Closing the Racial and Wealth Gap Through Food

Mackenzie Loy, A13, is helping grow businesses owned by women, minority, and LGBTQ+ entrepreneurs—one catered lunch at a time

We don’t often think of ordering food for a catered office lunch as an opportunity to close the racial and gender wealth gap. But Homemade in DC, a new startup by Mackenzie Loy, A13, is providing businesses the chance to do just that in a very intentional way.

Loy has long wanted to create a successful social enterprise that marries her belief that everyone deserves a great meal with her commitment to help more people from diverse backgrounds achieve financial independence. 

“Food is incredibly important in my family and Asian-American culture, as it is in most cultures. It’s how we show love, build bonds, and sustain ourselves,” she says. “And I see all of these food entrepreneurs who are creating amazing products and I want to help accelerate these businesses into something that has a lasting impact beyond the food.”

Loy’s great-grandmother used to make and sell lunches to workers in Hawaii, and she herself briefly baked and sold cinnamon rolls out of her apartment after college—but soon saw that was not her path. “I realized baking for a living sounds wonderful but is incredibly hard work that requires meticulous consistency,” she laughs.

And so she returned to school, completing her master’s in public policy and an MBA at Georgetown University last May. Now she’s back working out of her apartment—but this time she’s raising dough of another kind.

As founder and CEO of Homemade in DC, Loy is connecting a growing list of more than 50 commercial customers to unique catered meals and food gift boxes made by more than 35 women, minority, and LGBTQ+ food entrepreneurs—many of whom are located in food deserts in Washington DC’s Fifth, Seventh, and Eighth wards.

This summer, a Tufts-funded Tisch Summer Fellows intern will join Loy in her efforts—a connection facilitated by Tisch College of Civic Life Dean Dayna Cunningham, who met Loy at a Tufts alumni event in DC.

Loy also recently founded The New Majority, another social enterprise startup that aims to make it easier for everyday investors who are women and people of color to invest directly in founders who look like them. “I’m a big believer in market-based solutions to solve societal problems,” Loy says. “My goal is to make entrepreneurship of all kinds more equitable for people of color as a path to closing the wealth gap.”

A Cottage Industry

Homemade in DC was initially funded by revenue, an investment through DC’s Inclusive Innovation Equity Impact Fund, a first-place cash prize from Georgetown University’s Bark Tank Pitch Competition, and a grant as part of Loy’s current Halcyon fellowship.

Its partnering food entrepreneurs are building businesses within commercial kitchens and in their own home kitchens, regulated by cottage food laws in DC. That includes people like Maggie Kamara of District Chop Bar, who specializes in unique Afro-Caribbean flavors. Or Ije Obidegwu of Pies on the Side, whose rum cake and Oreo chocolate chip cookies are favorites on the menu. “Our emphasis is on providing delicious food that you might not have had before,” Loy says.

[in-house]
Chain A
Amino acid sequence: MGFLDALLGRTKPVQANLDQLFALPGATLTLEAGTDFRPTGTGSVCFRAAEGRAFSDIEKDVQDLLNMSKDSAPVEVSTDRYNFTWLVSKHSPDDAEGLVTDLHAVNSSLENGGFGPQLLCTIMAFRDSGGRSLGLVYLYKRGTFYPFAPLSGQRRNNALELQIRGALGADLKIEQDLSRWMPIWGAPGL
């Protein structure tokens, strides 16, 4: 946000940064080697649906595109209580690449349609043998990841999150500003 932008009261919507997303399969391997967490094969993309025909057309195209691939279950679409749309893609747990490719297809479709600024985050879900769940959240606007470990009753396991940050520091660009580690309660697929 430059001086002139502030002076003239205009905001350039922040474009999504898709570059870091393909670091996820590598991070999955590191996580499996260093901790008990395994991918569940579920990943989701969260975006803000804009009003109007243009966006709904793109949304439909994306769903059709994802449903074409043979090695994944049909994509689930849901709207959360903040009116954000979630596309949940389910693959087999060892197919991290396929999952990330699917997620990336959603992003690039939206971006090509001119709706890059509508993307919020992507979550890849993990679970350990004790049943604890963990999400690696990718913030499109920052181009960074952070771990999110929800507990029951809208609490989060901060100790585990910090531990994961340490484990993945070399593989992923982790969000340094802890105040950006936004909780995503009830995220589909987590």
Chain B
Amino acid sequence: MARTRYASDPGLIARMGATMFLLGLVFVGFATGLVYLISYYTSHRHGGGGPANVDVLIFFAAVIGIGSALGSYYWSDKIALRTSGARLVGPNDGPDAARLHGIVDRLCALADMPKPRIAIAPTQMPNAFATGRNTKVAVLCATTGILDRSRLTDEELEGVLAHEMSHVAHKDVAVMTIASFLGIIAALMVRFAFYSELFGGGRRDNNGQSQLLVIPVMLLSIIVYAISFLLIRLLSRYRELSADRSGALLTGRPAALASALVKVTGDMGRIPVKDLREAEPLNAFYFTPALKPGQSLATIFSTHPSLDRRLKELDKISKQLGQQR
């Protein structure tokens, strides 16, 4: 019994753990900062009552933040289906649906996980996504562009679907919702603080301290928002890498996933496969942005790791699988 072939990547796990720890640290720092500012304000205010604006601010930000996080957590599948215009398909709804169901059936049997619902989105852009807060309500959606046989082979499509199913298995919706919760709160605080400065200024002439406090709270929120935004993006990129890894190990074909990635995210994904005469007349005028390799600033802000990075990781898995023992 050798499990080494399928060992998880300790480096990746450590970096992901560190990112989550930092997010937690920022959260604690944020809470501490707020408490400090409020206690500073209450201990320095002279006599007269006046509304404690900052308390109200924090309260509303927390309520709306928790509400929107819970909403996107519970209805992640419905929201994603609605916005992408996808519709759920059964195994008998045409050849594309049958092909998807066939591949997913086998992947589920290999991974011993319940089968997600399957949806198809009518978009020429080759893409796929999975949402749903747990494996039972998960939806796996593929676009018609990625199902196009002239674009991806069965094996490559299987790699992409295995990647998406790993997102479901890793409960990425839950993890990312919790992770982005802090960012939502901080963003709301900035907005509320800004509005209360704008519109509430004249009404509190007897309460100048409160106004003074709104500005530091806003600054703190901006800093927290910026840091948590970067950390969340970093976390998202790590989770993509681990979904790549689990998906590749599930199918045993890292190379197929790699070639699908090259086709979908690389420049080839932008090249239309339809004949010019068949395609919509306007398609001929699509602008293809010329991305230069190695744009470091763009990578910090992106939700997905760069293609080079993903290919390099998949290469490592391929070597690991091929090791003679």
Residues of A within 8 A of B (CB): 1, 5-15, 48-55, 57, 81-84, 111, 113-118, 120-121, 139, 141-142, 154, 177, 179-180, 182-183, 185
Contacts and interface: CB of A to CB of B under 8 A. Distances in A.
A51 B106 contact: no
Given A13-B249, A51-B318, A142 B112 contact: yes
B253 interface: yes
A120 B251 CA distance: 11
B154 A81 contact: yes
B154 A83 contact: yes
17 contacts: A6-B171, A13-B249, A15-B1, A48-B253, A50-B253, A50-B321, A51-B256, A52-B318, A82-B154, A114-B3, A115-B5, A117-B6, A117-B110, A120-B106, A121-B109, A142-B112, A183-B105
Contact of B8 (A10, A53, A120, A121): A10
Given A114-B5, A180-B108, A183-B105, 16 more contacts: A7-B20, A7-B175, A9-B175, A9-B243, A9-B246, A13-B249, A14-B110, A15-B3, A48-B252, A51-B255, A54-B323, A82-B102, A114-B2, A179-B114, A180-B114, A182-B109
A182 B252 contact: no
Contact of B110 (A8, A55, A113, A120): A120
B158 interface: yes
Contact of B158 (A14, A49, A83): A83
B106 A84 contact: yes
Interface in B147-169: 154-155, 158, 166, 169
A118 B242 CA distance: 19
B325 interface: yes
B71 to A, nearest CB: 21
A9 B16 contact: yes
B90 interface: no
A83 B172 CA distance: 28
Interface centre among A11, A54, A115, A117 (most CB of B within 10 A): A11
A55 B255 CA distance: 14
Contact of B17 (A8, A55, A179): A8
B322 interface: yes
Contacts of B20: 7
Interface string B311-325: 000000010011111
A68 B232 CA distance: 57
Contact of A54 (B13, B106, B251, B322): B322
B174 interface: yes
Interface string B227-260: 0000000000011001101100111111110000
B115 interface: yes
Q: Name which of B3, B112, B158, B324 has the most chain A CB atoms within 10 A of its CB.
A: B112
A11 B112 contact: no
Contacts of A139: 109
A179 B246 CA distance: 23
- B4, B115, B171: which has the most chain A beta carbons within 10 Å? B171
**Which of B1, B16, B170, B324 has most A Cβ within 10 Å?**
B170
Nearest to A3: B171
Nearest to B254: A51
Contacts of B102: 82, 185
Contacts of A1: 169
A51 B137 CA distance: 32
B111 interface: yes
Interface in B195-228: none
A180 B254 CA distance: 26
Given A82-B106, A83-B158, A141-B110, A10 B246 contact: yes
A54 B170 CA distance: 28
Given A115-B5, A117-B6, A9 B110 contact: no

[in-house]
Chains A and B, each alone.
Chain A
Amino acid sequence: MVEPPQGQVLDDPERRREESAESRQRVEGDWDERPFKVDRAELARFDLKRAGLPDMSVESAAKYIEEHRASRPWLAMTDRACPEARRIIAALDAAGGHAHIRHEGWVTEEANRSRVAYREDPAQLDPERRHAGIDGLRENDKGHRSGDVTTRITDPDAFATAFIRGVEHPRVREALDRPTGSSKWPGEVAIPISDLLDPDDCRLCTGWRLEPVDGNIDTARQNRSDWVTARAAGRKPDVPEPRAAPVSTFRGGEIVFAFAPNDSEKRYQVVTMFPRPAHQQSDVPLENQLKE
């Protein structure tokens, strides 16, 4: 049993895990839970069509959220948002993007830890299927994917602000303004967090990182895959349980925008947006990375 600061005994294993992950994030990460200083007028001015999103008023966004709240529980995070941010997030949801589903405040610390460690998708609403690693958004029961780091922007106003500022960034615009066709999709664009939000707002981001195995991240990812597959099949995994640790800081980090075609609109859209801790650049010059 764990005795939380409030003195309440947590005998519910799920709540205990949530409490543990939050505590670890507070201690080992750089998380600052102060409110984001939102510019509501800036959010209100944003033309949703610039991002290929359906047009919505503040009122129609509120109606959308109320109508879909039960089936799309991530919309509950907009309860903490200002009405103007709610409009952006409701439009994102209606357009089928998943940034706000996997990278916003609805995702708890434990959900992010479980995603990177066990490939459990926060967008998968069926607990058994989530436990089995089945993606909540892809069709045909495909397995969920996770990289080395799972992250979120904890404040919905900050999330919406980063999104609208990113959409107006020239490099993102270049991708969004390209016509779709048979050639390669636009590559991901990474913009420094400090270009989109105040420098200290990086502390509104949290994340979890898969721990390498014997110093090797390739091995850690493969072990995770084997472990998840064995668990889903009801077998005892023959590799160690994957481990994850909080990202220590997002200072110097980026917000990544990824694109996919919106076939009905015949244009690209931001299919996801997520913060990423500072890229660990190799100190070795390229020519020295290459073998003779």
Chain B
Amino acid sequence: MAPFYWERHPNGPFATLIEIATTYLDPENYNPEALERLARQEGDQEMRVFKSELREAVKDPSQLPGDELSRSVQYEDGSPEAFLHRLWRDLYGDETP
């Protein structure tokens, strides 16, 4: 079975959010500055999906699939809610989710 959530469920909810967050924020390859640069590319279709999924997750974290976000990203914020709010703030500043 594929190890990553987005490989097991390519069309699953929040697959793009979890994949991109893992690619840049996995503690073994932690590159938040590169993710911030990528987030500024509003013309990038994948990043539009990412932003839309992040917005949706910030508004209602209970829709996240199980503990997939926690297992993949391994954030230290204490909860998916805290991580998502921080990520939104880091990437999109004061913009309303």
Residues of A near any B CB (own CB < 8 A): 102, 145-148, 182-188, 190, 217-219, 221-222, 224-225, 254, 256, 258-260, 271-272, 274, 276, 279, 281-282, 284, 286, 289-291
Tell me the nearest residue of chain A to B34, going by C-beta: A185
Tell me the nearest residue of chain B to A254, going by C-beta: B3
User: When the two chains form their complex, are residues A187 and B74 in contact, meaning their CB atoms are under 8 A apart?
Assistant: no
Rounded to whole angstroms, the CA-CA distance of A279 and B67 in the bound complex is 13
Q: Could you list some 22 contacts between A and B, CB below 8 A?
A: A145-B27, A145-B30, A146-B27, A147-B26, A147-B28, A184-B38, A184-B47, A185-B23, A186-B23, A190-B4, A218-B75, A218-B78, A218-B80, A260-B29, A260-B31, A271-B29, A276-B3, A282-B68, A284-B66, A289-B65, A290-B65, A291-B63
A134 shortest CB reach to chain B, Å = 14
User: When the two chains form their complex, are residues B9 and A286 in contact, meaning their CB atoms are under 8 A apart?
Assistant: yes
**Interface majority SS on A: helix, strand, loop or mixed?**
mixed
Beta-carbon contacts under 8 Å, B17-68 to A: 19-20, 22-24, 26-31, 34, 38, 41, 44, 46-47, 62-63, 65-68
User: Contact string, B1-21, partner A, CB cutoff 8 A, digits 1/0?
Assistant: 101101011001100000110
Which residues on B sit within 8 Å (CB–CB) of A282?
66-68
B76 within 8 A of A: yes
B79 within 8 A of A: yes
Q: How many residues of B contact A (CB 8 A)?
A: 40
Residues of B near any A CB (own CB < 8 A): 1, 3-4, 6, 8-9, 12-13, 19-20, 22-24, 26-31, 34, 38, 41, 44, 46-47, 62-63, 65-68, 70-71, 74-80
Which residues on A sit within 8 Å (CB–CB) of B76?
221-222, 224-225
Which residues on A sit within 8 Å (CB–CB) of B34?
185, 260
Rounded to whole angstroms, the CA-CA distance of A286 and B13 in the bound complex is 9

Clients include corporations such as law firms and tech companies with a strong local presence in DC, as well as local universities and nonprofits. When they place a food order, they receive appetizers, main dishes, and desserts from two to four entrepreneurs—as well as photos and stories to highlight the people behind the food.

“Having a lunch that’s more than just a sandwich or pizza creates an opportunity for colleagues, clients, students, and more to really see each other, and talk to each other and appreciate the food,” Loy says. “Having something unique that has a story is what allows people to pause and appreciate the food and maybe discover something more about each other.”

Growing Together

Loy’s goal is to create a pipeline of higher volume orders and more consistent sales for each entrepreneur, which will help them develop businesses that will survive, thrive, and potentially scale, she says.

The entrepreneurs’ and Loy’s businesses are growing together. Homemade in DC became profitable this past year, along with at least one of its partner entrepreneurs—Blue’s Coffee & Tea Co, a family-owned, Black-owned company. And recently, the startup filled an order for 150 bibimbap bowls through its partner, BangBop—the largest that BangBop had ever done. Orders like these help entrepreneurs stay in business during the slow months of February and March, Loy says.

Loy hopes to continue scaling up this hyperlocal business model through a marketplace platform that supports Homemade hubs in other cities, such as Kansas City and Somerville, Mass. “The food entrepreneurs I work with are incredibly hardworking, and this is not unique to this group,” Loy says. “With Homemade, I’m trying to ensure that after years and years of hard work, there is something to pass on and something to show for all of that hard work.”

She adds, “I believe this effort can ultimately help create thriving local communities through food, relationships, and constant reinvestment in each other.”

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